Civil Grand Jury Wants Better Public Notifications From Refineries

The Contra Costa County Civil Grand Jury made recommendations concerning the response when hazardous materials are released from county industrial chemical processing facilities like the Chevron Richmond refinery.

By Ruth Dusseault
Bay City News

Right now, Contra Costa County residents can go to a website and opt-in to receive text or email notifications if hazardous materials are released from the county’s nine industrial chemical processing facilities.

The inverse of that would be for the county’s Health Services Hazardous Materials Program, or HazMat, to include everybody’s cell phone in the warning system, and then give people the choice to opt-out.

An opt-out notification system is one recommendation included in a recent report by the Contra Costa County Civil Grand Jury, an oversight panel of 19 citizen volunteers who investigate county governmental issues and concerns. Other suggestions include expanding the types of notifications that go to the public and hiring additional response staff.

From November 2022 to December 2023, the four petroleum refineries in the county notified HazMat of 247 releases, the report said. These included flares, fires and spills. When an incident occurs, the HazMat office must be notified by the refinery. HazMat calls the facility to find out what happened and may send five or six staff technicians to do an on-site investigation.

The jury found some weaknesses in the county’s ability to evaluate the relative danger of such incidents and how to issue solid guidance to the public if they should need to act.

The report found that only 30% of county residents have registered with Contra Costa County’s Community Warning System, or CWS, which is administered through the Emergency Services Division of the Sheriff’s Office.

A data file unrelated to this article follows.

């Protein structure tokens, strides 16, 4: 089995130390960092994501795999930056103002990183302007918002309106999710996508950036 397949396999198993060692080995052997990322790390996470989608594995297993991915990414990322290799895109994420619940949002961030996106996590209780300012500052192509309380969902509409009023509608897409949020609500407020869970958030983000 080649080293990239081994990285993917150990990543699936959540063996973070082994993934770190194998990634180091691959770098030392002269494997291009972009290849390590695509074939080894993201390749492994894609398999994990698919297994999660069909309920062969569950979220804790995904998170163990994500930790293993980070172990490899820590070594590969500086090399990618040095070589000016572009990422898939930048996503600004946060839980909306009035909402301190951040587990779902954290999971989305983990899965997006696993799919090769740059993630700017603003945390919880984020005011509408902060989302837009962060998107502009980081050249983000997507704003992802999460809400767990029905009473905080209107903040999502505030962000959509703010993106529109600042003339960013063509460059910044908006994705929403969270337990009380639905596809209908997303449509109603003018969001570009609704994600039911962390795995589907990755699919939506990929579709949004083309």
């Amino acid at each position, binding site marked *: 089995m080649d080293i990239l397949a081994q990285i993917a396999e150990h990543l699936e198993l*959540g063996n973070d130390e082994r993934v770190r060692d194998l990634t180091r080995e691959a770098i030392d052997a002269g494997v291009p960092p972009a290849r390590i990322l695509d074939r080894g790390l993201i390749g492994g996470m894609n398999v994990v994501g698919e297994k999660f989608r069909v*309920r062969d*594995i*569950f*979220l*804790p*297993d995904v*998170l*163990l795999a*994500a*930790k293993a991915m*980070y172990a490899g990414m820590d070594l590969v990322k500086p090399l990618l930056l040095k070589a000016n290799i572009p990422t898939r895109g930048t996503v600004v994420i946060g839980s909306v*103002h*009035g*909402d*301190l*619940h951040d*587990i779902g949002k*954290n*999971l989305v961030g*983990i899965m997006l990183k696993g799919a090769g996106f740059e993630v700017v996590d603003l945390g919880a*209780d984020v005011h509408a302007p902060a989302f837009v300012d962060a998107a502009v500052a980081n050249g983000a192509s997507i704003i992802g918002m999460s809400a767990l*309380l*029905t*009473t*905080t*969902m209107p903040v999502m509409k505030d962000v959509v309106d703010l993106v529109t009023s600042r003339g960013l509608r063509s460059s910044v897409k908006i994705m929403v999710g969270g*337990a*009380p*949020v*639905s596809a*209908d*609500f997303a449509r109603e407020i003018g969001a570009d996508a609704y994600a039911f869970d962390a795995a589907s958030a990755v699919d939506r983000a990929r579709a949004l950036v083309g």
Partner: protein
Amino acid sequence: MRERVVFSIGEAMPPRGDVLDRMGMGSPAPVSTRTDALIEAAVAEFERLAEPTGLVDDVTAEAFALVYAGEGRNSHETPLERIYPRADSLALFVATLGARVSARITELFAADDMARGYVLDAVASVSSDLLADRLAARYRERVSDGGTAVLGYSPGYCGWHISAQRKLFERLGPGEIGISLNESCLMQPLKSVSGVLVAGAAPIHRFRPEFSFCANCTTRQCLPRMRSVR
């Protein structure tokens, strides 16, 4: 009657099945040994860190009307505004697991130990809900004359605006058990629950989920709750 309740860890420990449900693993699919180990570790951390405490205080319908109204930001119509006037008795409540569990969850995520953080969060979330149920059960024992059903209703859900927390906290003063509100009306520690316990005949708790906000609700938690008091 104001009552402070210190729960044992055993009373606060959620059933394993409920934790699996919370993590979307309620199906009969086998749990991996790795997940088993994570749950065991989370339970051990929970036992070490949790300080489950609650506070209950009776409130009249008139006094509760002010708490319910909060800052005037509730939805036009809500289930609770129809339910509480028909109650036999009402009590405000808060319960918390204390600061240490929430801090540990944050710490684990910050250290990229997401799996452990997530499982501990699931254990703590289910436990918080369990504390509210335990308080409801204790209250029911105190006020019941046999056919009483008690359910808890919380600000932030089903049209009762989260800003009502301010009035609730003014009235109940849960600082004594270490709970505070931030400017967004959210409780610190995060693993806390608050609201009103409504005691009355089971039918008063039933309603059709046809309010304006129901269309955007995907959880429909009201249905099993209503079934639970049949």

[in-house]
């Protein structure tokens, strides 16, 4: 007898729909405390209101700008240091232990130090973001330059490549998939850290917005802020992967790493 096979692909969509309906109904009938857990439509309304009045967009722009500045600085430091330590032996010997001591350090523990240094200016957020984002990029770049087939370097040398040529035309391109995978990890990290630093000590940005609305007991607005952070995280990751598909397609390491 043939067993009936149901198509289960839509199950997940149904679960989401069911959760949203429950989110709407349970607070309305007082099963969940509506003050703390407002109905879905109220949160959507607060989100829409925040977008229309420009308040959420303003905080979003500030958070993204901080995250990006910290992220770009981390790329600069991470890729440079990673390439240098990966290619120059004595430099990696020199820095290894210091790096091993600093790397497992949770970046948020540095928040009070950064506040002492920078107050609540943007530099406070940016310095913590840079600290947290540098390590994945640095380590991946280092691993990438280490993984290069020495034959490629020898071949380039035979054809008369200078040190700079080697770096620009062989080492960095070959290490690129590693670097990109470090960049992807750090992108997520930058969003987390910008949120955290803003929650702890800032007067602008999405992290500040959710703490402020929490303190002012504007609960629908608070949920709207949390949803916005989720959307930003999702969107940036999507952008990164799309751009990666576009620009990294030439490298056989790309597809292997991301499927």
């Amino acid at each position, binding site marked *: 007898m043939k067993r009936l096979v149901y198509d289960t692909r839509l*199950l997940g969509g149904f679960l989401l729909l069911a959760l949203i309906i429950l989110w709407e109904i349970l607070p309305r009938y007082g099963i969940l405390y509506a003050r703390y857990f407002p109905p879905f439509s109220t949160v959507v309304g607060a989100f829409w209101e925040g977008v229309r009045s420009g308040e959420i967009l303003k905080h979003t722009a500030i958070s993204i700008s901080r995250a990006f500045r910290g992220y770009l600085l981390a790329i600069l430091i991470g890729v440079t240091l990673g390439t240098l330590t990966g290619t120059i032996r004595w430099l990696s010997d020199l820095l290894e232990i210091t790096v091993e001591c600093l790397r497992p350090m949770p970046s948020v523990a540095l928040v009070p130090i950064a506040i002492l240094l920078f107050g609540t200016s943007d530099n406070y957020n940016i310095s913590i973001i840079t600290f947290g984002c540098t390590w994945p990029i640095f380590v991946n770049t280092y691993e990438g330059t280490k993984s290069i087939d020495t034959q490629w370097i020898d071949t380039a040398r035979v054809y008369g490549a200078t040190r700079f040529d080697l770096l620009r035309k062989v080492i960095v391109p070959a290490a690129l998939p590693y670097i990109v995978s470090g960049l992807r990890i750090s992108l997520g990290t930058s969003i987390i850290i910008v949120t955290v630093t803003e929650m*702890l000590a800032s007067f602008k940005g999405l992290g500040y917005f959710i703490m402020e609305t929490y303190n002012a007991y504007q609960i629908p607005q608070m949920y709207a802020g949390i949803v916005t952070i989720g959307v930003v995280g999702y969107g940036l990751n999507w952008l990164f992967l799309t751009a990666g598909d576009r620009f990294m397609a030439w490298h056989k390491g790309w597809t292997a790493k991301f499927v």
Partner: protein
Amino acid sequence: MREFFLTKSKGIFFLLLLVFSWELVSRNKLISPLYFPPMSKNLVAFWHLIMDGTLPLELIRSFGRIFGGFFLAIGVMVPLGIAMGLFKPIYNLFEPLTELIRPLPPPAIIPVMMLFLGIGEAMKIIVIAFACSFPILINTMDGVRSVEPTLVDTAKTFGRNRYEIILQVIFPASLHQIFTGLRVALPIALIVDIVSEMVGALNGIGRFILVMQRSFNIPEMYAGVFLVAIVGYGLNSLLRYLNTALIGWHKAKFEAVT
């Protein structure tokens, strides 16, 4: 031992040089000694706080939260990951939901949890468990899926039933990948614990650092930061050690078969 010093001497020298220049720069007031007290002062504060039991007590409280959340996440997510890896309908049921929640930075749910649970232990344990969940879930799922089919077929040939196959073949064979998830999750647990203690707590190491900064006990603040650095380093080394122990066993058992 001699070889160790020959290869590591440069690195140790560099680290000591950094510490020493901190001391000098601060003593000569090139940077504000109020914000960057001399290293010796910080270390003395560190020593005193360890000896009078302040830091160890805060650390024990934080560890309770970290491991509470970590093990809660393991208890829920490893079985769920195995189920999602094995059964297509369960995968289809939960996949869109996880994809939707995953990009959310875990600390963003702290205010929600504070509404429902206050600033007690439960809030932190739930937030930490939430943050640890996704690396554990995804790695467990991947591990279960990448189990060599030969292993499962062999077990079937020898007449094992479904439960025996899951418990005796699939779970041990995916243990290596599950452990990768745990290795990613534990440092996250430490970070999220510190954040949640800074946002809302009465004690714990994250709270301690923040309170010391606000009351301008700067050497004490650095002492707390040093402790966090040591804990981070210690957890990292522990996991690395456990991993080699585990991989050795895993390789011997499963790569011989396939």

The jury suggested that all cell phone numbers of county residents be automatically added to the CWS. As permitted by state law, cell phone contact data for county residents could be acquired from public and private agencies. Residents can then opt-out if they choose.

Currently, the CWS does not notify the public of hazardous materials releases that are not expected to have off-site health consequences, defined as Level One.

Citing a survey conducted by Contra Costa Health Services in 2023, the report noted that approximately 87% of the respondents indicated they would like to receive direct information regarding Level One incidents, via text or emails. Of the 560 respondents, primarily in Martinez, Pittsburg and Richmond, 79.5% said they would like the ability to select how they are notified for each type of incident — fires, chemical spills, smoke, leaks, odors and flaring.

The report also found that the current staffing structure used by HazMat to respond to hazardous material releases is not as effective as it should be. In addition to hiring three new supervisory staff positions, the jury suggested that a toxicologist be placed on retainer. Having a toxicologist on hand could reduce the delay in the public’s understanding of any potential health impacts from a hazardous material release, the report said.

The cost for these changes could be covered with no additional costs, the report said. It could come from fees collected by the Contra Costa County Certified Unified Program Agency, or through Measure X, the countywide, 20-year, half-cent sales tax approved by voters on November 3, 2020. Among other public health programs, Measure X is meant to fund emergency response systems.

According to Contra Costa County spokesperson Kristi Jordan, the Sheriff’s Office will have 60 days to respond from the date of the report, and the Board of Supervisors has 90 days.

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